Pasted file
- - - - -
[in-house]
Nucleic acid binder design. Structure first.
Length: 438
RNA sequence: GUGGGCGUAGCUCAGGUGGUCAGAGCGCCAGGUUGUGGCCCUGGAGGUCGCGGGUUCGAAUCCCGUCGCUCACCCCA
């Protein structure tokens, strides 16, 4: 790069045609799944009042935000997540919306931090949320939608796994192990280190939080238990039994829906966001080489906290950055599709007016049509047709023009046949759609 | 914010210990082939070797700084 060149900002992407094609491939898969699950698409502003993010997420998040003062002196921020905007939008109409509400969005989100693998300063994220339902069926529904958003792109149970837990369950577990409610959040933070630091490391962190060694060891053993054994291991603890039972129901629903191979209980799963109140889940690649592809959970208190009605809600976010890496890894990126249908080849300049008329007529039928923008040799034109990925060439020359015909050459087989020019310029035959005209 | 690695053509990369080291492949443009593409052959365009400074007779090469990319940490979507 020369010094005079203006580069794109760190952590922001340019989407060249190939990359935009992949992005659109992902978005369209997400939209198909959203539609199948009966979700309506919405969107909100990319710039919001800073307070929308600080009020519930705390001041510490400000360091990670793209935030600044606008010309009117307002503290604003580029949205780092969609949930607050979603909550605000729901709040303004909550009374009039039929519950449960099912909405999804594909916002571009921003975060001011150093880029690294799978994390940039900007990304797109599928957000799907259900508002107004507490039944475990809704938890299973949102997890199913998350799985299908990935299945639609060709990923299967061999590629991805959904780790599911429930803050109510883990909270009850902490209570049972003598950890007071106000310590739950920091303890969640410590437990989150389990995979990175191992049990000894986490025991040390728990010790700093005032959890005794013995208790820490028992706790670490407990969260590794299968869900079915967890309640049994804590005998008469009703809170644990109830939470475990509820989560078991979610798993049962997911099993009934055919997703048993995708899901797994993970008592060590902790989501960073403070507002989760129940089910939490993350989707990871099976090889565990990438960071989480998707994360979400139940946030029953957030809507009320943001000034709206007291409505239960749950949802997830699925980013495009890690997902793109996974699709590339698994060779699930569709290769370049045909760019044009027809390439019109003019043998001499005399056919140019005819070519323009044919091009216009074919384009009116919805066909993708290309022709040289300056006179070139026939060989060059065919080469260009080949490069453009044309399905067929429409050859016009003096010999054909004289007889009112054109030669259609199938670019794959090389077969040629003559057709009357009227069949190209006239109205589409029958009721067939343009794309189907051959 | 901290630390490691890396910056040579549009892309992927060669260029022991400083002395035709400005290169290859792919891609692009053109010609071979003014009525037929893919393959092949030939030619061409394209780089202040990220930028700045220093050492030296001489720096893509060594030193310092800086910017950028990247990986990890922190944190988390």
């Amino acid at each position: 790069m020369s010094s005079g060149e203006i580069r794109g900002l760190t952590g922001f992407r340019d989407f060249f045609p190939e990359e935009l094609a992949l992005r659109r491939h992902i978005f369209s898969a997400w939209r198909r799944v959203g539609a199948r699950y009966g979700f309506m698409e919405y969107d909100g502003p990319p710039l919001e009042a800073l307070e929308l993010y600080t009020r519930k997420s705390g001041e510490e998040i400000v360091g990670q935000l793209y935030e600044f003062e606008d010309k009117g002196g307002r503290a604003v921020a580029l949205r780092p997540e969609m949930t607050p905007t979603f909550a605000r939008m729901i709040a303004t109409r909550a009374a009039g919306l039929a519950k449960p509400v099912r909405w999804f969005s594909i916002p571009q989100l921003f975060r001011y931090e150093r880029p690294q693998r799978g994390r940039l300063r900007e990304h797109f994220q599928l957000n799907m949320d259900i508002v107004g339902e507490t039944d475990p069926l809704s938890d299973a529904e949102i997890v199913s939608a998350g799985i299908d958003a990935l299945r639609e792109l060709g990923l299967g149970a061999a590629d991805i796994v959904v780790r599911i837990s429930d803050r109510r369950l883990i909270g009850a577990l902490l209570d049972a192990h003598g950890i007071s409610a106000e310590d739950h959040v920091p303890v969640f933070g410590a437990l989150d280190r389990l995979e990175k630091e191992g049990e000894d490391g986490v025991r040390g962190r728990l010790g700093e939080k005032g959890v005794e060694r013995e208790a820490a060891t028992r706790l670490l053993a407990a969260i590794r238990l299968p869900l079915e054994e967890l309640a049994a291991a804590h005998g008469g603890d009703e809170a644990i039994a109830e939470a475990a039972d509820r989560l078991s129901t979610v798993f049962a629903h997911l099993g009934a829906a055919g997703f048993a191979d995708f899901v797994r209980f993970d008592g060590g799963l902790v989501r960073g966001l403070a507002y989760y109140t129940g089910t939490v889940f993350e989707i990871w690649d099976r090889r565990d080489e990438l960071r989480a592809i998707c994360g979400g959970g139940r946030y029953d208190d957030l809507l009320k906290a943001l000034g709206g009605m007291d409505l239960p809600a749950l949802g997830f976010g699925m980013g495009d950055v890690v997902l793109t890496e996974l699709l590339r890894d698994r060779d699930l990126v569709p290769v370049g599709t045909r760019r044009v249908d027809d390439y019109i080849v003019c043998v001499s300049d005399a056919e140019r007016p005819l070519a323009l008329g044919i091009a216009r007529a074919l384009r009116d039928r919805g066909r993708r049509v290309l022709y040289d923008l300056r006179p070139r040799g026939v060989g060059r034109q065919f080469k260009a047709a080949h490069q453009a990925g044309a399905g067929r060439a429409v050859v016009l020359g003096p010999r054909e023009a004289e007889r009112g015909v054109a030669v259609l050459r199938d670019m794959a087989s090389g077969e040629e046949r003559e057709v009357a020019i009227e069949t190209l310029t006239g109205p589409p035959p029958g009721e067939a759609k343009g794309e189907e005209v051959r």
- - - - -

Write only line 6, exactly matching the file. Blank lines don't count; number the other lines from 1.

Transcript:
């Amino acid at each position: 790069m020369s010094s005079g060149e203006i580069r794109g900002l760190t952590g922001f992407r340019d989407f060249f045609p190939e990359e935009l094609a992949l992005r659109r491939h992902i978005f369209s898969a997400w939209r198909r799944v959203g539609a199948r699950y009966g979700f309506m698409e919405y969107d909100g502003p990319p710039l919001e009042a800073l307070e929308l993010y600080t009020r519930k997420s705390g001041e510490e998040i400000v360091g990670q935000l793209y935030e600044f003062e606008d010309k009117g002196g307002r503290a604003v921020a580029l949205r780092p997540e969609m949930t607050p905007t979603f909550a605000r939008m729901i709040a303004t109409r909550a009374a009039g919306l039929a519950k449960p509400v099912r909405w999804f969005s594909i916002p571009q989100l921003f975060r001011y931090e150093r880029p690294q693998r799978g994390r940039l300063r900007e990304h797109f994220q599928l957000n799907m949320d259900i508002v107004g339902e507490t039944d475990p069926l809704s938890d299973a529904e949102i997890v199913s939608a998350g799985i299908d958003a990935l299945r639609e792109l060709g990923l299967g149970a061999a590629d991805i796994v959904v780790r599911i837990s429930d803050r109510r369950l883990i909270g009850a577990l902490l209570d049972a192990h003598g950890i007071s409610a106000e310590d739950h959040v920091p303890v969640f933070g410590a437990l989150d280190r389990l995979e990175k630091e191992g049990e000894d490391g986490v025991r040390g962190r728990l010790g700093e939080k005032g959890v005794e060694r013995e208790a820490a060891t028992r706790l670490l053993a407990a969260i590794r238990l299968p869900l079915e054994e967890l309640a049994a291991a804590h005998g008469g603890d009703e809170a644990i039994a109830e939470a475990a039972d509820r989560l078991s129901t979610v798993f049962a629903h997911l099993g009934a829906a055919g997703f048993a191979d995708f899901v797994r209980f993970d008592g060590g799963l902790v989501r960073g966001l403070a507002y989760y109140t129940g089910t939490v889940f993350e989707i990871w690649d099976r090889r565990d080489e990438l960071r989480a592809i998707c994360g979400g959970g139940r946030y029953d208190d957030l809507l009320k906290a943001l000034g709206g009605m007291d409505l239960p809600a749950l949802g997830f976010g699925m980013g495009d950055v890690v997902l793109t890496e996974l699709l590339r890894d698994r060779d699930l990126v569709p290769v370049g599709t045909r760019r044009v249908d027809d390439y019109i080849v003019c043998v001499s300049d005399a056919e140019r007016p005819l070519a323009l008329g044919i091009a216009r007529a074919l384009r009116d039928r919805g066909r993708r049509v290309l022709y040289d923008l300056r006179p070139r040799g026939v060989g060059r034109q065919f080469k260009a047709a080949h490069q453009a990925g044309a399905g067929r060439a429409v050859v016009l020359g003096p010999r054909e023009a004289e007889r009112g015909v054109a030669v259609l050459r199938d670019m794959a087989s090389g077969e040629e046949r003559e057709v009357a020019i009227e069949t190209l310029t006239g109205p589409p035959p029958g009721e067939a759609k343009g794309e189907e005209v051959r």